We get a lot of calls and emails about computers not performing as expected. It’s amazing what a good reboot can do – if you really do it.
Rebooting cleans up a lot of the electronic junk that builds up as you go in and out of applications, open and close files and content from the Internet. Like anything else that piles up, all the electronic junk blocks access to your disk space and RAM (random access memory) for applications, files, email and Internet browsing. After two or three weeks of keeping email programs, applications and files and websites open, you’ve essentially clogged your system’s electronic arteries.
A reboot flushes all that stuff out of your RAM. One way to characterize RAM is that it’s like a pad of notepaper. When you run out, you need to erase some information on the pad or get another pad. Rebooting is like erasing the paper in the notepad. It lets your computer start with a fresh, clean slate when you restart, and in most cases, that solves a lot of performance issues.
We always ask our clients with performance problems if they’ve rebooted their computers, and they invariably say they have. When we get into their systems through remote access, we see something different. When we get into conversations, some people with laptops think that they have rebooted their systems just by closing the lid for a few seconds and then opening it back up. Others, with desktop computers, think that shutting off the monitor reboots the computer.
Unfortunately, neither of those actions will reboot a computer. Here’s what you need to do. First, save all open files and emails and bookmark web pages if you want to retain easy access to them. Then, close all applications. You should do the same with phones and tablets before rebooting them.
For a PC or Windows-based computer running Windows 10, click the Windows icon on the task bar on the lower left side of your monitor and then click on the “start” icon on the left. You’ll have the option to restart the computer, which will reboot it.
For Windows 8, point your mouse to the lower-right corner of the screen, move it up and click Settings. Click Power and then click Restart.
For a Mac, you can follow this simple, 3-step process:
- Press the power button (or press Control+Eject) and, when a dialog box appears, click the Restart button.
- Choose the Apple key and then click Restart.
- Press Control+Command+Eject (or Control+Command+Power button).
For phones and tablets, you can power off the device for 10 to 30 seconds and then power them back on.
For all computers, you can hold the power button until the unit shuts itself off. We consider this a last resort because it stops the system with an electronic jolt. But if nothing else works, this will do it. Let it stay off for 10 to 30 seconds and then restart it.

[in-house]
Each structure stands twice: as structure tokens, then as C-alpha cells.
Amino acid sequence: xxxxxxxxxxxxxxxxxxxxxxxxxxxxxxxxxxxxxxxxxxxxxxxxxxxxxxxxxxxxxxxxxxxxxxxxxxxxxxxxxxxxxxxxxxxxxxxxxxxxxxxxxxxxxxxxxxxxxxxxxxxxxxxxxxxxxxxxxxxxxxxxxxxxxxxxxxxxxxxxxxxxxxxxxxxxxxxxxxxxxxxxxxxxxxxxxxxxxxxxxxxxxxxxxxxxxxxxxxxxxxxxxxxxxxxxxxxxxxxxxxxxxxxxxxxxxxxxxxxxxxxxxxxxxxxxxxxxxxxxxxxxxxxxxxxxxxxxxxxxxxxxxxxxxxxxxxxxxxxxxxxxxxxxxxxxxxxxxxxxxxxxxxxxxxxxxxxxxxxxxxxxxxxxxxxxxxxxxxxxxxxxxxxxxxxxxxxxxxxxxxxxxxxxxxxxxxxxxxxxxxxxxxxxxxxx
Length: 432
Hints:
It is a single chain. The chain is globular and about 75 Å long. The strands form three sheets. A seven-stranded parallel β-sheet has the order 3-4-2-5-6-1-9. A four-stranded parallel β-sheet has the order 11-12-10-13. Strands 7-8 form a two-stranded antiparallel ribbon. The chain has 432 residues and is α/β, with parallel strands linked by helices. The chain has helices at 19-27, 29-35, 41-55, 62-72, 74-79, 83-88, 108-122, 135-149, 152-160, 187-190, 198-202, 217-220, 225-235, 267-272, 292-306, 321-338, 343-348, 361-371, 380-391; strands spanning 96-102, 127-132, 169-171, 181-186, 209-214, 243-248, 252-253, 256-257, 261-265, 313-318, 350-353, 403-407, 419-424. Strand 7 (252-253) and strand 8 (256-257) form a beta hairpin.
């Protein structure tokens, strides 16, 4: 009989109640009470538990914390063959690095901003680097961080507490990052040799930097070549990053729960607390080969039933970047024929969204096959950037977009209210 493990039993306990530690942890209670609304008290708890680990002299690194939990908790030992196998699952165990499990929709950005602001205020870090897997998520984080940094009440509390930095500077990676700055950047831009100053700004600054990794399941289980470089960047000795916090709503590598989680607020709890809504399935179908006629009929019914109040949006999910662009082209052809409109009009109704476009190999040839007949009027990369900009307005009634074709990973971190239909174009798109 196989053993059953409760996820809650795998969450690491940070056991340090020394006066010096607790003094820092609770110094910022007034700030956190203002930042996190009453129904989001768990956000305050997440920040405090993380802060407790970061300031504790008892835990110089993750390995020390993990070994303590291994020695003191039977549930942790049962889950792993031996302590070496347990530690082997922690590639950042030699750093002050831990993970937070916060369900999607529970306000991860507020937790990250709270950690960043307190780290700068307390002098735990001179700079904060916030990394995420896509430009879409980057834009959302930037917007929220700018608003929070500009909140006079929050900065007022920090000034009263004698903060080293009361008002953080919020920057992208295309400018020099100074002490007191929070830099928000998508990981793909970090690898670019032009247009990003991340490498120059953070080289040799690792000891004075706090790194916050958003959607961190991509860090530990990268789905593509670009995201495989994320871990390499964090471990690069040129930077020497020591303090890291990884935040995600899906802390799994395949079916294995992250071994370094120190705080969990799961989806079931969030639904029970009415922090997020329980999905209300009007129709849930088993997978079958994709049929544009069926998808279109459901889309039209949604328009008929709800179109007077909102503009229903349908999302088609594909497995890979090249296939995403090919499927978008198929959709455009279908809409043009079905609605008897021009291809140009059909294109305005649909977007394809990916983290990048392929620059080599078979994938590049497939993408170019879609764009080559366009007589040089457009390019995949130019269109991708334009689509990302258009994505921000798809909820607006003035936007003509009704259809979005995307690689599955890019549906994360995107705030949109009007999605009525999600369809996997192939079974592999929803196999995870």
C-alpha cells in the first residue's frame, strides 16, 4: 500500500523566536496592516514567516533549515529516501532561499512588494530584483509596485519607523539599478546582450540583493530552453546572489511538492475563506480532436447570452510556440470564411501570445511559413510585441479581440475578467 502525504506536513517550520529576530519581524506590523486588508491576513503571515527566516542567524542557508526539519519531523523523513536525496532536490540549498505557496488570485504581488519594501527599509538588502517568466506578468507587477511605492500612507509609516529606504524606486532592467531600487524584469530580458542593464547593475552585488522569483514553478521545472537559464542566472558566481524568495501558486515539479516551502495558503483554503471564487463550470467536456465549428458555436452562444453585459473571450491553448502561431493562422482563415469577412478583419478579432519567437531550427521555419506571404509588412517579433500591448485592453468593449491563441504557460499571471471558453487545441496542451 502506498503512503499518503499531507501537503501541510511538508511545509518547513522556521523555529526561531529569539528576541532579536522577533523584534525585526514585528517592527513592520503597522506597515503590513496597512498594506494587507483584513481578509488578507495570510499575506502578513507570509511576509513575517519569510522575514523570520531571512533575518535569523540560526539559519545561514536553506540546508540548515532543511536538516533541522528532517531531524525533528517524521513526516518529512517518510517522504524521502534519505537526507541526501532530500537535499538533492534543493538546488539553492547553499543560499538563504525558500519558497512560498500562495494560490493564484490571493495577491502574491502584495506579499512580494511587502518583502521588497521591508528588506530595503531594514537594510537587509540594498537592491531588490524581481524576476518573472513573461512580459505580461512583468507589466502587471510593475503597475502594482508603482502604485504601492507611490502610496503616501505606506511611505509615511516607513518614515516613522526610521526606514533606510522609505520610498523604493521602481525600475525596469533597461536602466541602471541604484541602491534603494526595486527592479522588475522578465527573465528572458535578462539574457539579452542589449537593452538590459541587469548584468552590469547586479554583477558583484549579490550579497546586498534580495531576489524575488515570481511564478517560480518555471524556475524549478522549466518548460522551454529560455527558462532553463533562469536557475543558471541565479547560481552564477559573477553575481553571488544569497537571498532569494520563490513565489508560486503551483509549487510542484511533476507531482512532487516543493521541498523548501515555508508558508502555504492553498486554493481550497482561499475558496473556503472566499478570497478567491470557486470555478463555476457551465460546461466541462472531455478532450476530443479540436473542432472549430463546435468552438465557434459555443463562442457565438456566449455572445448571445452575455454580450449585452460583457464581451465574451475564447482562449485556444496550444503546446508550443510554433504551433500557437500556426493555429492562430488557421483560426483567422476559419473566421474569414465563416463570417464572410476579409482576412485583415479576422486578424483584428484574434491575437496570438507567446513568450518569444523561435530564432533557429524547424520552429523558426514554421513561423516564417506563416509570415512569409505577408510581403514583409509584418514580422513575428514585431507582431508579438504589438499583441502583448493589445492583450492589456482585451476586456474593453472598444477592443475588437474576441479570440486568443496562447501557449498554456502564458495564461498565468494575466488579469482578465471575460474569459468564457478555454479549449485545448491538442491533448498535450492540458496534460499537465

Sometimes, restarting in “Safe Mode” allows your computer to perform some diagnostics and verify basic systems are in good working order. With a Windows7 computer, press the F8 key when you turn on the computer, and then use the Arrow keys to navigate to “Safe Mode” and hit enter.
Windows 10 is more involved, but it’s not that hard once you get into the routine. Follow these steps:
- Click or tap the Start button, and then the Power button. You’ll see a Restart button. Hold down the Shift key when you select Restart
- When you get the full-screen menu with six options, select Troubleshoot>Advanced options>Startup Settings.
- Click the Restart to begin the reboot. You’ll get to a Startup Settings option.
- Use the Arrow key to navigate to Enable Safe Mode or Enable Safe Mode With Networking
For a Mac, immediately press and hold the Shift key. The white Apple logo will appear on your display. Release the shift key when you see the login window.
Because “Safe Mode” limits your computer’s capabilities, we recommend restarting in your regular mode once you see everything is functioning properly.
We recommend you reboot your systems no less than once a week as a preventive measure. It shouldn’t be much of an inconvenience. We still remember when we had to reboot computers several times a day. If your system is still sluggish after a reboot, contact us by phone – 973-433-6676 – or email for a remote diagnostics session.
- 8 Nov, 2016
- Norman Rosenthal
- 1 Comments
- Apple, diagnostics, Microsoft, performance, slow computer, small business, Windows 10, windows 7, windows 8,